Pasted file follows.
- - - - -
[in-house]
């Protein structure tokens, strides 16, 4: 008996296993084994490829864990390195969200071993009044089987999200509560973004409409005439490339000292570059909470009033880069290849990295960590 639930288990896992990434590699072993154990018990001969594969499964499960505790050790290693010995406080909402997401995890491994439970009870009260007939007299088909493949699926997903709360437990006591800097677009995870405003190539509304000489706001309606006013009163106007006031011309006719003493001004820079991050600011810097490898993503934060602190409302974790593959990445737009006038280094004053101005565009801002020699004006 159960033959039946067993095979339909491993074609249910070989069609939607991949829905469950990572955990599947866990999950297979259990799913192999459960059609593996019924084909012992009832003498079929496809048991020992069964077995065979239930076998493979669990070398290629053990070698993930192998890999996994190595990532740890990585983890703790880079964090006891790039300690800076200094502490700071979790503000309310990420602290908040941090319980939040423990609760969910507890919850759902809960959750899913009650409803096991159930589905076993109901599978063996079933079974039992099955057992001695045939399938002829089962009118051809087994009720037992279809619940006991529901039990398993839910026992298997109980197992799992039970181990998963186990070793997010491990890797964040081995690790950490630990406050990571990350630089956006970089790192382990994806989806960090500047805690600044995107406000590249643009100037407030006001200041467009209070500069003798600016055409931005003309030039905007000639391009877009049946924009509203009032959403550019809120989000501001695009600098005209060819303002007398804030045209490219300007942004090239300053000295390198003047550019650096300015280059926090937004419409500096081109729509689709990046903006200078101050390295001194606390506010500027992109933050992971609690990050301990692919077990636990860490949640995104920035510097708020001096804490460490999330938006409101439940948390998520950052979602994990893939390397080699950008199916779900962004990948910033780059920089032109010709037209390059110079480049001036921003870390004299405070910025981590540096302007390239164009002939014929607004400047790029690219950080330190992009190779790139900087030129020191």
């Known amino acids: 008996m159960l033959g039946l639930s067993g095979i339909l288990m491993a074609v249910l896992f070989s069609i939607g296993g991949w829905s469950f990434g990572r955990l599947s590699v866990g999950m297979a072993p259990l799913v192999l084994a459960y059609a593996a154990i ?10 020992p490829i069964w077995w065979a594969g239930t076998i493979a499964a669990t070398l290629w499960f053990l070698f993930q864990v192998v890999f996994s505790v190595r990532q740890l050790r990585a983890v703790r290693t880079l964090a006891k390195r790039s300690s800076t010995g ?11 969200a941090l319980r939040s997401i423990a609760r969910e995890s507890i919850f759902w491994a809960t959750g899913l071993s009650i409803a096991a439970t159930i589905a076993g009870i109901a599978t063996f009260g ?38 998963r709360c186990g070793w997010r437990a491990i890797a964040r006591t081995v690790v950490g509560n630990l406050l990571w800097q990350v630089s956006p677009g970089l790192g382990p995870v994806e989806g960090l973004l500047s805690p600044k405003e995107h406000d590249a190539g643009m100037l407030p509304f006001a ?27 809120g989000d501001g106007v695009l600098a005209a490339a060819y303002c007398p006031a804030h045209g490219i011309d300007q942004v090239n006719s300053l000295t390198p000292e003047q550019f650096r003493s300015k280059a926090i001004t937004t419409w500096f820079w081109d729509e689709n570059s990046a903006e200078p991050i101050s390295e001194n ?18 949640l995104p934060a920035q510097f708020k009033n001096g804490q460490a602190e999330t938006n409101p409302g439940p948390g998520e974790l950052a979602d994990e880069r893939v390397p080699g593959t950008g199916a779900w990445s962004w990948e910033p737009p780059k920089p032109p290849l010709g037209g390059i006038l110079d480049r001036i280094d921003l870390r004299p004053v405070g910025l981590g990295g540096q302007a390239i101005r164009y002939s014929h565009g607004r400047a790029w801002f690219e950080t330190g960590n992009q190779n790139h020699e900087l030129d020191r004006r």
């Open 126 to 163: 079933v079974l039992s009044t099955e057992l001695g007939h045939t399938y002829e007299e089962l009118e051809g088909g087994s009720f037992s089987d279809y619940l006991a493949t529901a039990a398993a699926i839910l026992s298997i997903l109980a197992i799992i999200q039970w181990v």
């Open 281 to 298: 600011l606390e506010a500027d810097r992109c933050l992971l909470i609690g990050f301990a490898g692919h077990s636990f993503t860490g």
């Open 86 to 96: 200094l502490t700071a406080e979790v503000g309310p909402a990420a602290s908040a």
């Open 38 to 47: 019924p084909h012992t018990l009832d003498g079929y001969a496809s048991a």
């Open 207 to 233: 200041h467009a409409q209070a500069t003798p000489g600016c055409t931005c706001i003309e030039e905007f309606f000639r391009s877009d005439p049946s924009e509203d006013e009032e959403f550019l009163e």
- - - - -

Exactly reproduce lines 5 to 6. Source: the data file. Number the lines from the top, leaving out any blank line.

């Open 281 to 298: 600011l606390e506010a500027d810097r992109c933050l992971l909470i609690g990050f301990a490898g692919h077990s636990f993503t860490g």
């Open 86 to 96: 200094l502490t700071a406080e979790v503000g309310p909402a990420a602290s908040a």